A unique view of 2012
Today over 2 million children have a parent who is incarcerated, and the Champions of Change honored yesterday work every day to bring stability and support to these young people and their families.
Today, the White House honors twelve Champions of Change who are helping children of incarcerated parents and their caregivers. These heroes work every day to help families affected by incarceration.
On May 7, ONDCP Director Gil Kerlikowske delivered keynote remarks at the annual Strategy Summit of the National Methamphetamine and Pharmaceuticals Initiative (NMPI) in Charleston, South Carolina.
In June 2012, National Drug Control Policy Director Gil Kerlikowske visited the Betty Ford Center, one of the Nation’s oldest and most recognized addiction treatment facilities. There he gave remarks to a crowd of leaders in the field of recovery. In the audience were two special guests—Michael Banyard and Federal District Court Judge Spencer Letts. In his remarks, Director Kerlikowske mentioned Banyard’s improbable—and inspirational—journey from crack cocaine dependence and homelessness, to prison, to a successful sentence appeal, to the chambers of a federal district court judge and completion of his GED.
Last week, we released the 2012 Arrestee Drug Abuse Monitoring Annual Report (ADAM II), a long running study that reveals the percentage of arrestees in certain U.S. cities/counties testing positive for at least one illegal drug at the time of arrest. Typically, however, the annual ADAM report does not include findings about alcohol use. Why? Here are three reasons.
Director Kerlikowske announced new data today confirming the nexus between drug use and crime; called for expanded criminal justice reform.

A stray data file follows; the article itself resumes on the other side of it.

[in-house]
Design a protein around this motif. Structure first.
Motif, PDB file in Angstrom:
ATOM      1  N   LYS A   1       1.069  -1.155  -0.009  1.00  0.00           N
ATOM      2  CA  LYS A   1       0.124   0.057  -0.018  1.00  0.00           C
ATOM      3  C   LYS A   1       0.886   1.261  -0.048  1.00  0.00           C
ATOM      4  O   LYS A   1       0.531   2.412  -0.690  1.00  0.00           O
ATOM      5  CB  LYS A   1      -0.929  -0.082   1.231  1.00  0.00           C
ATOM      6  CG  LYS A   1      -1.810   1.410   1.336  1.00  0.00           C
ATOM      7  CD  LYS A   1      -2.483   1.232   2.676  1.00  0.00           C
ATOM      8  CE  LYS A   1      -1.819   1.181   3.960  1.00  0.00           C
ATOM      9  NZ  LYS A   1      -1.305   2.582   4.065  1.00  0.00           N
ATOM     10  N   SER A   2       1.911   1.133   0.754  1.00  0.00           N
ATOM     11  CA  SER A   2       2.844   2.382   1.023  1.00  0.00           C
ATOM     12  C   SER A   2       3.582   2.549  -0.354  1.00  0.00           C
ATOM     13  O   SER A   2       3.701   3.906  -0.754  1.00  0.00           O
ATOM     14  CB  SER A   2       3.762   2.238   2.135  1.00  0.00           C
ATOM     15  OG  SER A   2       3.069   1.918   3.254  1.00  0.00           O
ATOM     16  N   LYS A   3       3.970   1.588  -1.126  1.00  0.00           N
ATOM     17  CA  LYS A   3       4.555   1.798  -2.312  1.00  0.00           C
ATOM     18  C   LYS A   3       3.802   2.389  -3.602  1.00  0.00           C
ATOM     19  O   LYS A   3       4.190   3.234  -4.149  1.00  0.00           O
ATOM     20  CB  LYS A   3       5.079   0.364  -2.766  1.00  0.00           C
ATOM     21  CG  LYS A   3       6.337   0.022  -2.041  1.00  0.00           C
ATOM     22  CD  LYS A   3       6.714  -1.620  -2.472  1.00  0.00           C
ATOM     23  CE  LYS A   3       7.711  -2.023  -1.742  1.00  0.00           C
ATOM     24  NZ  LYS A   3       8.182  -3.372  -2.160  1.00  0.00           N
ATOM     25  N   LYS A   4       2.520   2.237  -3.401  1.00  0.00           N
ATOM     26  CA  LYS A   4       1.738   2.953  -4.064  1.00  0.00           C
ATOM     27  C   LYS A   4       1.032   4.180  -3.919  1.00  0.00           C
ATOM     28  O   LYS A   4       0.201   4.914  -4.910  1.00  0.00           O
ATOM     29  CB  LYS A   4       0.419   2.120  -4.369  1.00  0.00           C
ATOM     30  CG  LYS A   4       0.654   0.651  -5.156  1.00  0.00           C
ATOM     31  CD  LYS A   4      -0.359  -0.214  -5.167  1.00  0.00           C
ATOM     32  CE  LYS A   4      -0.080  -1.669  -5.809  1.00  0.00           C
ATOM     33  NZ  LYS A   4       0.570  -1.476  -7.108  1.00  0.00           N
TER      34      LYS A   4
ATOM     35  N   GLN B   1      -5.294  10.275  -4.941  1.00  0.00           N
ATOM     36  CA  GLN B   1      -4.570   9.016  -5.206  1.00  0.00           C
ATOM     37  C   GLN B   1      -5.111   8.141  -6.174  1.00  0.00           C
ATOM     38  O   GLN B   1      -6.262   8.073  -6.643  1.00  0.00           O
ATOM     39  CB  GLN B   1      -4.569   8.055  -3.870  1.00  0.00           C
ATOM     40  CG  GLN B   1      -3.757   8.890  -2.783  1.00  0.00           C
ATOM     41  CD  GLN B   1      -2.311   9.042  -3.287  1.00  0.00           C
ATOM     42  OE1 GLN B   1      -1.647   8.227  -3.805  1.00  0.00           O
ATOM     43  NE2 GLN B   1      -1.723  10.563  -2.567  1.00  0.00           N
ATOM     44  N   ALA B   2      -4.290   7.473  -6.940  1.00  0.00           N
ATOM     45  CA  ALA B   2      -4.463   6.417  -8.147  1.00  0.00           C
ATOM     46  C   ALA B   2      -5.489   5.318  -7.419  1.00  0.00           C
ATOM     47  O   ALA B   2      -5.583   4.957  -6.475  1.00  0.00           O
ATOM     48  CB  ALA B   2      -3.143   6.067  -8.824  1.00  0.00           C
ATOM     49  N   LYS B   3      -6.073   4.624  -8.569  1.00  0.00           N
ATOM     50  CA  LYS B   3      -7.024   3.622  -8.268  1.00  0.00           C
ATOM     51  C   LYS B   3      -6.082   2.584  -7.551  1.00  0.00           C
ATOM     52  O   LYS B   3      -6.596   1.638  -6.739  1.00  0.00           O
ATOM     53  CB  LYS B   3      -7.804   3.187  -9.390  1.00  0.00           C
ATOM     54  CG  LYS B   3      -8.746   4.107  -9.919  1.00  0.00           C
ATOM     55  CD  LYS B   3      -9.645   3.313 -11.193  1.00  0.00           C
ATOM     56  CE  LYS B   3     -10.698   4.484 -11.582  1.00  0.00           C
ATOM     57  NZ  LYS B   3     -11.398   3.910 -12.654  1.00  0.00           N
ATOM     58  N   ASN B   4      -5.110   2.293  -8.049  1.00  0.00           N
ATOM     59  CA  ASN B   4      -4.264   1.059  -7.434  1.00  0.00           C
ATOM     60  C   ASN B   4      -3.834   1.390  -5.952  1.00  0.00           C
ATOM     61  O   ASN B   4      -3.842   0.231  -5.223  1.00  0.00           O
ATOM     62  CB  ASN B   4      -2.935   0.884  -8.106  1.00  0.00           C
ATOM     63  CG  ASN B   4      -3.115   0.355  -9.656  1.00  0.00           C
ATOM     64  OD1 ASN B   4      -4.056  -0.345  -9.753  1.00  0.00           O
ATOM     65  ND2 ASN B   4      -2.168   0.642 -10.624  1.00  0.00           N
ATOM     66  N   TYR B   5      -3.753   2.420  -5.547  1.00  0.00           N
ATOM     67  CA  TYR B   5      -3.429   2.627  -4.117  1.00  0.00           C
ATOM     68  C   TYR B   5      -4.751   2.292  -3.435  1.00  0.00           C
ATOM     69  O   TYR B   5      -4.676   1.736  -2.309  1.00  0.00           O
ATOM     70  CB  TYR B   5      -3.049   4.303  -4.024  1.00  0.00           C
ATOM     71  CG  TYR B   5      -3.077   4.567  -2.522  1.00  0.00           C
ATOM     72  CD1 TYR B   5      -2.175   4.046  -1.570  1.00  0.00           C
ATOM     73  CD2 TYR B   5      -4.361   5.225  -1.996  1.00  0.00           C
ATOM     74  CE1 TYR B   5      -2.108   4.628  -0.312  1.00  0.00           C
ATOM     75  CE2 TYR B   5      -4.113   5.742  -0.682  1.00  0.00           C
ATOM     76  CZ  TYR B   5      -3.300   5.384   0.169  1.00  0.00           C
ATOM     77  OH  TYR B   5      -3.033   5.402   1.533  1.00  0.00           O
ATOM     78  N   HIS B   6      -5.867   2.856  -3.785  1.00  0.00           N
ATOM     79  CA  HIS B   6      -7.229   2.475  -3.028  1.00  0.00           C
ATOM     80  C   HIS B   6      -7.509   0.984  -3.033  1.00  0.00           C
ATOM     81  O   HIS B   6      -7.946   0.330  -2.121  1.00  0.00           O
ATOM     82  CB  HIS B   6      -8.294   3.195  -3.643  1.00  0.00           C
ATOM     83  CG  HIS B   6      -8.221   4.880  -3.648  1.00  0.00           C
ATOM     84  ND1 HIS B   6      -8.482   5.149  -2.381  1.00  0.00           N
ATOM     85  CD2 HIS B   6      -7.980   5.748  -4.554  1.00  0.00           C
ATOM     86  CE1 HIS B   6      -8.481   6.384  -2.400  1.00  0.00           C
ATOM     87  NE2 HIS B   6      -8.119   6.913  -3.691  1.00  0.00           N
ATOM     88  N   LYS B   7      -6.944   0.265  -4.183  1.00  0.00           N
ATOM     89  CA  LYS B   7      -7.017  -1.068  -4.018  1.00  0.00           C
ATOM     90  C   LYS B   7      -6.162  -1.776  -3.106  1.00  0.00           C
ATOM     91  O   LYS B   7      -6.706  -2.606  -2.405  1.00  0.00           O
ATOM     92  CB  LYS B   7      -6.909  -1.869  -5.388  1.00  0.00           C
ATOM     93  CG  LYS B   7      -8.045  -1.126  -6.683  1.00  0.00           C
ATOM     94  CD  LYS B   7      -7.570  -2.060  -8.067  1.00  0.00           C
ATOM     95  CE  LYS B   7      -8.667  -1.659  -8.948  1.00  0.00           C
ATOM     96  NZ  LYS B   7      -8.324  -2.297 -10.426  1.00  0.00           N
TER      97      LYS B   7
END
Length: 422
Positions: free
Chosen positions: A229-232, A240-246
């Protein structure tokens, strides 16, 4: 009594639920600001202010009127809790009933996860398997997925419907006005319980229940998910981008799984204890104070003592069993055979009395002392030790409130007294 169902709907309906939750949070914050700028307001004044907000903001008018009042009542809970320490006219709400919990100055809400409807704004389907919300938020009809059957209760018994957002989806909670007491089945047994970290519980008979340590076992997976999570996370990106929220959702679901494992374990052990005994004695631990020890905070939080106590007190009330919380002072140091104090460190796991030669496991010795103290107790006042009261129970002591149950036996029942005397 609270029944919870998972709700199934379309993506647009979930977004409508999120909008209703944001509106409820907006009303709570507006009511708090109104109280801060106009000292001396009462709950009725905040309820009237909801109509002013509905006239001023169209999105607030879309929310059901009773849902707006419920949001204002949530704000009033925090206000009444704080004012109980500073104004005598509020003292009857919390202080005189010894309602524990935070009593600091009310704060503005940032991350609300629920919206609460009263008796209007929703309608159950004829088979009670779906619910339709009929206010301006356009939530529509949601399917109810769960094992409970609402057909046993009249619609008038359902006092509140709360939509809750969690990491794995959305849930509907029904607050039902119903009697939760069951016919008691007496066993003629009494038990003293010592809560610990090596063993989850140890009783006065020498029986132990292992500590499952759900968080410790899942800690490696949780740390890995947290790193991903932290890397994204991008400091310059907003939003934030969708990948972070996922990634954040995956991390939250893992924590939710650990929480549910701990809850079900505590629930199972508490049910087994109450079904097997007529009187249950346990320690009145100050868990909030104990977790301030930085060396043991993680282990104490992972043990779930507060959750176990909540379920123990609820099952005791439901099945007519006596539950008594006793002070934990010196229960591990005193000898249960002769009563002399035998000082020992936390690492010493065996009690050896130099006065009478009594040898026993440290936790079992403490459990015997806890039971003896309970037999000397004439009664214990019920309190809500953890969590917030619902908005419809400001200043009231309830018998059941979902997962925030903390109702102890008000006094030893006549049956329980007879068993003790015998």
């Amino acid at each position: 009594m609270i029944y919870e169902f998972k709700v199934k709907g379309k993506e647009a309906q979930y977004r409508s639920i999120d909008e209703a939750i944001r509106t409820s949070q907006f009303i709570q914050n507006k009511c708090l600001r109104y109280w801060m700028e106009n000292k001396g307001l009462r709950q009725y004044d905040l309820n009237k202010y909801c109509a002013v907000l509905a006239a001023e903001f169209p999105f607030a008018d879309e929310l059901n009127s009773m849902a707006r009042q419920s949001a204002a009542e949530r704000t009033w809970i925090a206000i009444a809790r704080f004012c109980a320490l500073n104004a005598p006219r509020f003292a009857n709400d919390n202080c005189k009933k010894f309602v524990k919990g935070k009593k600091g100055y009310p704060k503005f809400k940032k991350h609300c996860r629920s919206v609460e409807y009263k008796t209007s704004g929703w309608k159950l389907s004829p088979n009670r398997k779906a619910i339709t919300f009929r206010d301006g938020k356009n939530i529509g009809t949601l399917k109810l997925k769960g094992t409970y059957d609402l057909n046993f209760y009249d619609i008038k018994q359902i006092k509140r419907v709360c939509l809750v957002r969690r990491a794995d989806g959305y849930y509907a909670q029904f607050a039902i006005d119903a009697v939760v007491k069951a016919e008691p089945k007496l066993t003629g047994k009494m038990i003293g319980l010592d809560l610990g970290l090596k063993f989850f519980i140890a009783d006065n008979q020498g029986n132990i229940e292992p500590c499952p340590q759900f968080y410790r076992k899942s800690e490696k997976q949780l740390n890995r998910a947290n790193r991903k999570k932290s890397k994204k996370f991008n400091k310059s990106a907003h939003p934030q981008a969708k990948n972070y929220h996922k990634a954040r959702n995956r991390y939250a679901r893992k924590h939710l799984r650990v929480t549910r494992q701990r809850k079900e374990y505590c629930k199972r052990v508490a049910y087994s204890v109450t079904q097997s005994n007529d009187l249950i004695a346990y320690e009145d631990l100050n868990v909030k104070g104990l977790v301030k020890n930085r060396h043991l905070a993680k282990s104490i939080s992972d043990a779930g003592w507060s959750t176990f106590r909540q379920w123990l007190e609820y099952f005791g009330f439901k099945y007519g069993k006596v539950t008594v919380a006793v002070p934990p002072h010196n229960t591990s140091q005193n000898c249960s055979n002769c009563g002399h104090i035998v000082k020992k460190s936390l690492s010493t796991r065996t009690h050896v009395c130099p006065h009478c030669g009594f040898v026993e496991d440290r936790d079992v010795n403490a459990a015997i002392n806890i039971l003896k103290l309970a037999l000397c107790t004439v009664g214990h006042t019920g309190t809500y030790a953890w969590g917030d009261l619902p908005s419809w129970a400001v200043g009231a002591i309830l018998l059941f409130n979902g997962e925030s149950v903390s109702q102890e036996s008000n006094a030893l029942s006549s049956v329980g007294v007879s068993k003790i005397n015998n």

As part of national efforts to raise public awareness about recovery and maintain dialogue with diverse recovery community stakeholders, ONDCP Director Gil Kerlikowske visited the General Service Office of Alcoholics Anonymous (A.A.) in New York City.
Drug use affects every sector of society, straining our economy, our healthcare and criminal justice systems, and endangering the futures of young people. While many challenges remain, overall drug use in the United States has dropped substantially over the past thirty years.
To build on this progress and support a public health approach to drug control outlined in the Strategy , the Obama Administration has committed over $10 billion drug education programs and support for expanding access to drug treatment for addicts. Learn about the Obama Administration’s balanced public health and safety approach to reducing drug use and its consequences in America. Read more
Prescription drug abuse is the Nation's fastest-growing drug problem and has been classified as an epidemic by the Centers for Disease Control and Prevention. Learn more about this public health threat and comprehensive, government-wide actions being taken by the Administration to reduce prescription drug abuse. Read more
Americans are all-too familiar with the terrible consequences of drunk and distracted driving. An emerging body of research shows that drugged driving is also a serious threat to public safety. Learn more about this issue and what the Administration is doing to encourage safe driving. Read more
Preventing drug use before it begins is a cost-effective, common-sense approach to promoting safe and healthy communities. The Administration is working with Federal, state, local, and tribal partners, as well as community grantees, to educate teens on healthy choices and to prevent drug use before it starts. Read more
While drug addiction respects no geographic, ethnic, economic, or social boundaries, there are some specific populations that deserve focused efforts, including